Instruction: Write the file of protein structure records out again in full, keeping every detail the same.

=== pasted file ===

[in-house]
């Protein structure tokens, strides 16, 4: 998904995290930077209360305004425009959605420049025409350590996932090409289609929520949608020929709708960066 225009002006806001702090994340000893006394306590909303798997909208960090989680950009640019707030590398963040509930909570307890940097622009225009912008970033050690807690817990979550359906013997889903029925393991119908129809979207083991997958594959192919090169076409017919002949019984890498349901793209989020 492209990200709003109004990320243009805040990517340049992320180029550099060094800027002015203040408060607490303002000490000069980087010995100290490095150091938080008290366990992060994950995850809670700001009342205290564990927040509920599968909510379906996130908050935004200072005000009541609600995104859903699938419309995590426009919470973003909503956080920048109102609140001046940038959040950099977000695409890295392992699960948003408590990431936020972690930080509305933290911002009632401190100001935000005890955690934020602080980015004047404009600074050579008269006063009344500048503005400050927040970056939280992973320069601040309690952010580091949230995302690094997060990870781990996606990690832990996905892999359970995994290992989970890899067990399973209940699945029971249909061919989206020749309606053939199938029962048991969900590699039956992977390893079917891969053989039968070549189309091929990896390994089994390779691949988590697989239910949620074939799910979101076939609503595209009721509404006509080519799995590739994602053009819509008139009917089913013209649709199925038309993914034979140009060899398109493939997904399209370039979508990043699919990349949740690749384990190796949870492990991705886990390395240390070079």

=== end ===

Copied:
[in-house]
């Protein structure tokens, strides 16, 4: 998904995290930077209360305004425009959605420049025409350590996932090409289609929520949608020929709708960066 225009002006806001702090994340000893006394306590909303798997909208960090989680950009640019707030590398963040509930909570307890940097622009225009912008970033050690807690817990979550359906013997889903029925393991119908129809979207083991997958594959192919090169076409017919002949019984890498349901793209989020 492209990200709003109004990320243009805040990517340049992320180029550099060094800027002015203040408060607490303002000490000069980087010995100290490095150091938080008290366990992060994950995850809670700001009342205290564990927040509920599968909510379906996130908050935004200072005000009541609600995104859903699938419309995590426009919470973003909503956080920048109102609140001046940038959040950099977000695409890295392992699960948003408590990431936020972690930080509305933290911002009632401190100001935000005890955690934020602080980015004047404009600074050579008269006063009344500048503005400050927040970056939280992973320069601040309690952010580091949230995302690094997060990870781990996606990690832990996905892999359970995994290992989970890899067990399973209940699945029971249909061919989206020749309606053939199938029962048991969900590699039956992977390893079917891969053989039968070549189309091929990896390994089994390779691949988590697989239910949620074939799910979101076939609503595209009721509404006509080519799995590739994602053009819509008139009917089913013209649709199925038309993914034979140009060899398109493939997904399209370039979508990043699919990349949740690749384990190796949870492990991705886990390395240390070079």